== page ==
The RACQ expansion into banking has led to the organisation taking on a role that the CBA carried for earlier generations – visiting schools and providing financial literacy.
In the past two years its education officers have visited 140 schools in Queensland and discovered some key information about the youth and their thoughts on money.
Even before the COVID recession, the RACQ’s Cash IQ program found that school-age children value security over risk and that 63 per cent would prefer to receive a guaranteed $500 then rolling the dice for $5000.
Teenagers were keen to save what they could, with 85 percent planning to save at least some of their first pay and 42 per cent wanting to save rather than borrow money for their first car.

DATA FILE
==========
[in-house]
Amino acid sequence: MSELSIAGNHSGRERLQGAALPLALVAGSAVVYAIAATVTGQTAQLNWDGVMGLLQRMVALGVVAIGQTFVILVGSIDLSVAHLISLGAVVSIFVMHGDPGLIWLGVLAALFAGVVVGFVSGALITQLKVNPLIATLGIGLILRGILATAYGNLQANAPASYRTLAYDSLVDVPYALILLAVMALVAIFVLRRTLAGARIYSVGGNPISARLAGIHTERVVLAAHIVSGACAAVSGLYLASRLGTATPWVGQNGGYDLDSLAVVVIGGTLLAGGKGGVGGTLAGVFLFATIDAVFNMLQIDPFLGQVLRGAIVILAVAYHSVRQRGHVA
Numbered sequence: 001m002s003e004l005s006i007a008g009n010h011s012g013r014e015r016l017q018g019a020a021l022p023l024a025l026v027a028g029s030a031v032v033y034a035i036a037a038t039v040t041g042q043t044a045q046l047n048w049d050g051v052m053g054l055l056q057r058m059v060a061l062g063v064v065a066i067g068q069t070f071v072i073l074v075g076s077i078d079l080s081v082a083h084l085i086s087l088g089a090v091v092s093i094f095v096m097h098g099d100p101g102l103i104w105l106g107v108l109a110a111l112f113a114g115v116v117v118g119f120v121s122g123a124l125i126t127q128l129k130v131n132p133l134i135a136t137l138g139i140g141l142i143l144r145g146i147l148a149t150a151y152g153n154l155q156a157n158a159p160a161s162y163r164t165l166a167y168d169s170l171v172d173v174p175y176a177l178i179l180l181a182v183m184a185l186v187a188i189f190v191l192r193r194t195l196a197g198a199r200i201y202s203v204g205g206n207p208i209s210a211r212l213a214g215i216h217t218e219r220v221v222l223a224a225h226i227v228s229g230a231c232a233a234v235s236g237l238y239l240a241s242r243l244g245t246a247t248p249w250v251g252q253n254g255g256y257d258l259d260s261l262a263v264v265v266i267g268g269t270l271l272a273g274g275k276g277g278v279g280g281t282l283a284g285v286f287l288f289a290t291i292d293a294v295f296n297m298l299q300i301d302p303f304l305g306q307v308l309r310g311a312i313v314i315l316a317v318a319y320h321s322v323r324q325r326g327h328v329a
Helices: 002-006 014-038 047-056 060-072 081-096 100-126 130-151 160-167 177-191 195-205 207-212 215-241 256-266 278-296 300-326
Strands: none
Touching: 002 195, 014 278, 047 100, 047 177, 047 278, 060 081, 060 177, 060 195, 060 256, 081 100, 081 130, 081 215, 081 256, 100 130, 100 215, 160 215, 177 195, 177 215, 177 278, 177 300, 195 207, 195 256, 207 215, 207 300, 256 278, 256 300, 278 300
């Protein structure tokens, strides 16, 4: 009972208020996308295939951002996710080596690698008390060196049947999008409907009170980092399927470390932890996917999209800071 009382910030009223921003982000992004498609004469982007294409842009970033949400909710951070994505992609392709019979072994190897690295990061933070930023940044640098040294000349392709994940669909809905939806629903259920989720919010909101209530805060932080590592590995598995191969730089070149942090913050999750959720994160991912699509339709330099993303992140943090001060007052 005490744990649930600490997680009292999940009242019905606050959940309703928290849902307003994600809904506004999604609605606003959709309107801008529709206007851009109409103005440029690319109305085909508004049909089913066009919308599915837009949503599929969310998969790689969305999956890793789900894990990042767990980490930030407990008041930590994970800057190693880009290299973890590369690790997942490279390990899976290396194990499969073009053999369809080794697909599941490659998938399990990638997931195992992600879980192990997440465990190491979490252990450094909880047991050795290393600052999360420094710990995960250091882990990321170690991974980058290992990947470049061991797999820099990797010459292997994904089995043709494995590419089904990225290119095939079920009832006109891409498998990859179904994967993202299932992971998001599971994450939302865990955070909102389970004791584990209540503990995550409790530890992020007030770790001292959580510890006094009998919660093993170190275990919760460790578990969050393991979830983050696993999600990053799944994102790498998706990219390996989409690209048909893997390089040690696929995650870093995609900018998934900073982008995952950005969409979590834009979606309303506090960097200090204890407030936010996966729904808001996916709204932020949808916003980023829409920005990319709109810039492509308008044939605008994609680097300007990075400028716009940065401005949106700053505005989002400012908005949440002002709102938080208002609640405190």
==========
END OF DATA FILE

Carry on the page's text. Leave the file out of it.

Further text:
RACQ education officer Dave Webber said the current school-age generation of Queenslanders were exposed to so much choice with their money.
“It’s a really tough, complex world out there and many of the students we talk to simply don’t know how to talk about money,” he said.
“Whether you are or aren’t talking to your kids about money, it’s having an impact on how equipped they are to make informed choices.
RACQ this week visited The Gap State High School for the first time since COVID-19 hit, to ensure this year’s senior classes start the next phase of life with financial confidence.
RACQ Education Officer Dave Webber said young Queenslanders who went through the program learnt money isn’t something to be shameful or silent over.
“We want to empower year 11 and 12 students with the skills needed to make informed decisions,” Webber said.